Post-Operative Ileus

Post-operative ileus describes a deceleration or arrest in intestinal motility following surgery. It is classified as a functional obstruction of the bowel. It is a common phenomenon, with many surgical patients having a degree of physiological ileus post-operatively.

Remember however that although innocent in the majority of patients, it can be a sign of other intra-abdominal pathology, in particular a collection or anastomotic leak (as pus or faeces will irritate the bowel and often cause it cease functioning).

Note: It is important to appreciate that any patient with a bowel obstruction picture who fails to progress as expected after a bowel resection has an anastamotic leak until proven otherwise.

Post-operative ileus has been shown to lengthen hospital stay and increased hospital costs. Previous studies have estimated that an average of 8 days in added on to a hospital stay with post-operative ileus and the overall annual expenditure secondary to postoperative ileus is around $750 million to $1 billion in the US.

Risk Factors

  • Patient Factors
    • Increased age
    • Electrolyte derangement (e.g. Na+, K+ and Ca2+ derangement)
    • Neurological disorders (e.g. Dementia or Parkinson’s Disease)
    • Use of anti-cholinergic medication
  • Surgical Factors
    • Use of opioid medication
    • Pelvic surgery
    • Extensive intra-operative intestinal handling
    • Peritoneal contamination (by free pus or faeces)
    • Intestinal resection

Clinical Features

Patients with a post-operative ileus will present with:

  • Failure to pass flatus or faeces
  • Sensation of bloating and distention
  • Nausea and vomiting / high NG output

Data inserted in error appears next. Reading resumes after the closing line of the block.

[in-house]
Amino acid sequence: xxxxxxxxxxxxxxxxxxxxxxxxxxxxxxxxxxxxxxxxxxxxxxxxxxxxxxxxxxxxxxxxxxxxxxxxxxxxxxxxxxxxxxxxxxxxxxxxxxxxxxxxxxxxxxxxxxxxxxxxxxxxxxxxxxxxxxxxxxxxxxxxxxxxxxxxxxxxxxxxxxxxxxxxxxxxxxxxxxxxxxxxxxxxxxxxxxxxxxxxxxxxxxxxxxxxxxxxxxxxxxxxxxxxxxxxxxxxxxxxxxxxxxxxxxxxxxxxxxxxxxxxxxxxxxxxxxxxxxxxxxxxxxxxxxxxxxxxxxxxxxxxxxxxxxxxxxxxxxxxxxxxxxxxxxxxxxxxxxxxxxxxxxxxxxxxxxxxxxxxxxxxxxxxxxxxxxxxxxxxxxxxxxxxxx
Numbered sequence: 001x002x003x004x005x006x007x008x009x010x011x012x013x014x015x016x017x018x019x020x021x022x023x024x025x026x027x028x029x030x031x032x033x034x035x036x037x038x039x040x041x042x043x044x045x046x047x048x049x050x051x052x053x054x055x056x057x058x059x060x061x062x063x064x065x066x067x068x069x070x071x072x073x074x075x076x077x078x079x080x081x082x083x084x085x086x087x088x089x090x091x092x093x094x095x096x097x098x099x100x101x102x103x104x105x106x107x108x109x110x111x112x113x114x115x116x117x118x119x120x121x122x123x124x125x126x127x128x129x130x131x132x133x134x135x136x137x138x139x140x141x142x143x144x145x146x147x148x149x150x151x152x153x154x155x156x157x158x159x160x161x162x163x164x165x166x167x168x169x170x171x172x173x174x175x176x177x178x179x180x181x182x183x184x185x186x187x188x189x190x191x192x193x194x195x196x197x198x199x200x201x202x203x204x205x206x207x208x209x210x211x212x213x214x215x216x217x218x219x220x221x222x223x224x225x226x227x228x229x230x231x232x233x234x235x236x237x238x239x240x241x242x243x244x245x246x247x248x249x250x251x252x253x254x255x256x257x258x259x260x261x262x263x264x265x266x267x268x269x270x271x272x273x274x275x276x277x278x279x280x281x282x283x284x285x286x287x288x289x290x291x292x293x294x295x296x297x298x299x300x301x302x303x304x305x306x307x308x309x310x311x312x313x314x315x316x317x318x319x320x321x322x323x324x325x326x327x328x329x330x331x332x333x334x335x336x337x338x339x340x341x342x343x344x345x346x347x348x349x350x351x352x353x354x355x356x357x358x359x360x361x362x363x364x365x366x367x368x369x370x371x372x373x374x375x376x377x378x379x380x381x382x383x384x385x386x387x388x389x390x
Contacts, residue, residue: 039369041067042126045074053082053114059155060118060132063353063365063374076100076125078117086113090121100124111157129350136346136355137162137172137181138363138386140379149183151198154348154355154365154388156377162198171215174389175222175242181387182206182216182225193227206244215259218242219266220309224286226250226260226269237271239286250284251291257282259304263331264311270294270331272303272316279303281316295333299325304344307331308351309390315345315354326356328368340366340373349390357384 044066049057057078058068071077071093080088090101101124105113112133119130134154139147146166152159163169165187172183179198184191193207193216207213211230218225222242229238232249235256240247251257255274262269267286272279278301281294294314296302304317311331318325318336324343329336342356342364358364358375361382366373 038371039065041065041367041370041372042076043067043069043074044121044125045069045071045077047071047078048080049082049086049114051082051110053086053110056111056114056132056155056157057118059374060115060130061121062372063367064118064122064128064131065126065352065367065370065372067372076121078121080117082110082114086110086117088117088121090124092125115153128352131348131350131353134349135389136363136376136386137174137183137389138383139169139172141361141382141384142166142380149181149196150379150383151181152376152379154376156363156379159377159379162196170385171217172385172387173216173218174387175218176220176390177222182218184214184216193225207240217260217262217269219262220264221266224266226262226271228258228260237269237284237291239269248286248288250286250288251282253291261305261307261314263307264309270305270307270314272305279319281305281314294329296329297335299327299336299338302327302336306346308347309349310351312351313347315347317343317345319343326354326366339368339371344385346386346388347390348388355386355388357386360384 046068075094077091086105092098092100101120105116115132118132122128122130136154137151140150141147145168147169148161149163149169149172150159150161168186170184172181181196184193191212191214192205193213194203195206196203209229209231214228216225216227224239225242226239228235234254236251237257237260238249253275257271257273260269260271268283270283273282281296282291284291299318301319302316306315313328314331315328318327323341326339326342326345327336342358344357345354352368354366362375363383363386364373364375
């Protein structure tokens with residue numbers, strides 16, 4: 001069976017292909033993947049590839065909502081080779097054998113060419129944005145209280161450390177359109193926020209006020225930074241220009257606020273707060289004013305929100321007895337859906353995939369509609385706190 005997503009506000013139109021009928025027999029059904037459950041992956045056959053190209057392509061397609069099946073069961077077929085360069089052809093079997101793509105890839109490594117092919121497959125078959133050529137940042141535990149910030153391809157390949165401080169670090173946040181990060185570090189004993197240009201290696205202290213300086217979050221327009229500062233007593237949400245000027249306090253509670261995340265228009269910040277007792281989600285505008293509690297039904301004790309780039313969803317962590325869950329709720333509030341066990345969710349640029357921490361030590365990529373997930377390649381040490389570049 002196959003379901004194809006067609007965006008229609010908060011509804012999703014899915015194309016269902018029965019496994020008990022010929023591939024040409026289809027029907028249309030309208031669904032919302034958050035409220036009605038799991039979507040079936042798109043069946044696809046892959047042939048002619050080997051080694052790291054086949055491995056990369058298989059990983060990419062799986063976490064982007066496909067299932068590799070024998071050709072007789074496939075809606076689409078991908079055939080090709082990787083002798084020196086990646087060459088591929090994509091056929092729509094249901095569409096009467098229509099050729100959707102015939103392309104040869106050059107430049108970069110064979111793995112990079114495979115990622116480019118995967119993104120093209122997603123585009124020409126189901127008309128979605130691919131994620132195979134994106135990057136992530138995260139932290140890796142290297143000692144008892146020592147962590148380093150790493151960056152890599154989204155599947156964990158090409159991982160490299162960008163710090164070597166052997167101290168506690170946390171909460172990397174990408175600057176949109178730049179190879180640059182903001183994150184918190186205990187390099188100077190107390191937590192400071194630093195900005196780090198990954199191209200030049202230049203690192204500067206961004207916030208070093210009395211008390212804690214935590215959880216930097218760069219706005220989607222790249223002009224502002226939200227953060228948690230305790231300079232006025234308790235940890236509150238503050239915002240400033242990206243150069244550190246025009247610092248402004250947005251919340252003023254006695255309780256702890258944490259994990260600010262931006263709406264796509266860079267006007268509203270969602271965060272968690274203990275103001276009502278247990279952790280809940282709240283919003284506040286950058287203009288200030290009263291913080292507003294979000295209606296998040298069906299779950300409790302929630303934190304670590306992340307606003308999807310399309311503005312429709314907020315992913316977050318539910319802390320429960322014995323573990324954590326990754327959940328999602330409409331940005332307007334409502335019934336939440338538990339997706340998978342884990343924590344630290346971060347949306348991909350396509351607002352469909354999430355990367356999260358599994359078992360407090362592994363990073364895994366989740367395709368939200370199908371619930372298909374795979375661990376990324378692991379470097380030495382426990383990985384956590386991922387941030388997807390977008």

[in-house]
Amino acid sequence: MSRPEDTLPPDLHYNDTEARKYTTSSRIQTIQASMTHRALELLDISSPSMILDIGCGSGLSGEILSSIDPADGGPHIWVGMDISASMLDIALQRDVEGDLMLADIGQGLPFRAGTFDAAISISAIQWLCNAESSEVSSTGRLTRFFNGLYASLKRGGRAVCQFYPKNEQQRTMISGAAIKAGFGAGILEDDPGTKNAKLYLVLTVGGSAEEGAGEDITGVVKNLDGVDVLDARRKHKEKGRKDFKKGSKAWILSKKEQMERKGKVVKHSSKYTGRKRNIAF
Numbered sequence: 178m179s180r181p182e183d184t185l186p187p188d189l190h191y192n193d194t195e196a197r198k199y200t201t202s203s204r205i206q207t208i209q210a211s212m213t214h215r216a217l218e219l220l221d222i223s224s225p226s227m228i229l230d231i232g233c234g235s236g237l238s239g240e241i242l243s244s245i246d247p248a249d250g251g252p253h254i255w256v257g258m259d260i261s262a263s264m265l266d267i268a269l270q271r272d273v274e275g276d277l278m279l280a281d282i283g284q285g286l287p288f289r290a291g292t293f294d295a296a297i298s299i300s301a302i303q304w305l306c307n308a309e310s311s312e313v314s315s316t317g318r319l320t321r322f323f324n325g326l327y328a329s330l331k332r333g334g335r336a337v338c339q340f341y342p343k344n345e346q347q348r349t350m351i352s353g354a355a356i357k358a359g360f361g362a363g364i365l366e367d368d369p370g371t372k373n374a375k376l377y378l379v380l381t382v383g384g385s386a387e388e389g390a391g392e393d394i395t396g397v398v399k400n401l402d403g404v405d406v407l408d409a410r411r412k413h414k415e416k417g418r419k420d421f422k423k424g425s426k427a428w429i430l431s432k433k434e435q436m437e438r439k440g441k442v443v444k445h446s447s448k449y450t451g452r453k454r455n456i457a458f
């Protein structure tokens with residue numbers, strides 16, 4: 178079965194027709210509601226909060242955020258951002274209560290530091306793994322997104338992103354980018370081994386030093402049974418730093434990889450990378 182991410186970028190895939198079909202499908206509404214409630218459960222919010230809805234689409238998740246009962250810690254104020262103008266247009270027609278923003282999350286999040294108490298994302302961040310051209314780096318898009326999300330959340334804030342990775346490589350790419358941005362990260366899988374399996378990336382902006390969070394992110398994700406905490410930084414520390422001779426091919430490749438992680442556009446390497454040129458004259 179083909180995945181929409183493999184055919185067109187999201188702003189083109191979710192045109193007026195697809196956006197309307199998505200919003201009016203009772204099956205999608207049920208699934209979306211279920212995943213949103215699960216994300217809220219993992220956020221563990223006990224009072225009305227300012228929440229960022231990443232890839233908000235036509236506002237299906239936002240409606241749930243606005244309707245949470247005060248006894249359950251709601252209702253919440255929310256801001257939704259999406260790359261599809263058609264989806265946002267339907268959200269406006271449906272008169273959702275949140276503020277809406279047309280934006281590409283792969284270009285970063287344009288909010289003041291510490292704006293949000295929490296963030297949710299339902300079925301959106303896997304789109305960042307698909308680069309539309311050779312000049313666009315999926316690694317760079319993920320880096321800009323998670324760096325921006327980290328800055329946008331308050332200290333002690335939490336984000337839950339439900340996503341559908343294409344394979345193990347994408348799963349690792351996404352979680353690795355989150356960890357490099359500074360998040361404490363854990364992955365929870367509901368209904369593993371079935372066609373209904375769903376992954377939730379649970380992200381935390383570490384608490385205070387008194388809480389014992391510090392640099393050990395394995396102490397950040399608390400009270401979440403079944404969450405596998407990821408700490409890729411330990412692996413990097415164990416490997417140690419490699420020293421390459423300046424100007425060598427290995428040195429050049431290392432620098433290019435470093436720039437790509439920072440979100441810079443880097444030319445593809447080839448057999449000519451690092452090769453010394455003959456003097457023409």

On examination, there will be abdominal distention and absent bowel sounds; importantly, this is a key difference to the presentation of a mechanical obstruction (which typically has ‘tinkling’ bowel sounds present)

A post-operative ileus will delay to the return of normal bowel function. As a result, the symptoms of post-operative ileus may be the same as those of a mechanical obstruction.


In the patients with suspected post-operative ileus, the aim of the investigations are to rule out more serious pathologies and determine any underlying cause.

Initial Investigations


  • U&Es and calcium levels
    • Na+, K+ and Ca2+ abnormalities may cause paralytic ileus
  • Inflammatory markers (WCC, CRP) to look for intra-abdominal collections or leaks

An abdominal X-ray (AXR) can also be requested, which may demonstrate small or large bowel dilatation.

Further Investigations

A CT scan (often with oral contrast) will confirm diagnosis and rule out any collections / anastomotic leak. This is only really useful 3-5 days after surgery.


As long as serious pathology (e.g. anastomotic leak) has been excluded, the management of post-operative ileus is conservative. Any established postoperative ileus should be initially managed with:

  • Daily U&Es
    • Correct electrolyte abnormalities present and monitor for acute kidney injury (AKI)
  • Fig 2 - A nasogastric tube should be inserted as part of management of post-operative ileus.

    Figure 1 – A nasogastric tube should be inserted as part of the initial management of post-operative ileus.

    Encourage mobilisation

  • Reduce opiate analgesia and any other bowel mobility reducing medication

It is important to warn patients that once it does settle, they will get very watery diarrhoea for the first 2 – 3 bowel movements.

Prolonged cases may warrant insertion of a nasogastric (NG) tube on free drainage and catheterising with a fluid balance chart started.

Prophylactic Measures

To reduce the risk of developing post-operative ileus, preventive steps include:

  • Minimise intra-operative intestinal handling
  • Avoid fluid overload (causing intestinal oedema)
  • Minimise opiate use
  • Encourage early mobilisation

Gum chewing as part of post-operative recovery following open GI surgery has been shown in a meta-analysis to reduce the period of post-operative ileus, as has enhanced recovery programs.


Question 1 / 5
Which of the following is NOT a patient factor for post-operative ileus?


Question 2 / 5
Which type of medication increases the likelihood of post-operative ileus?


Question 3 / 5
Which of the following is NOT a sign of post-operative ileus?


Question 4 / 5
What blood test would be performed to assess if there is an electrolyte abnormality?


Question 5 / 5
Which of the following is NOT a prophylactic measure to reduce the chance of post-operative ileus?


Further Reading

Postoperative ileus following major colorectal surgery
Chapman SJ et al., British Journal of Surgery

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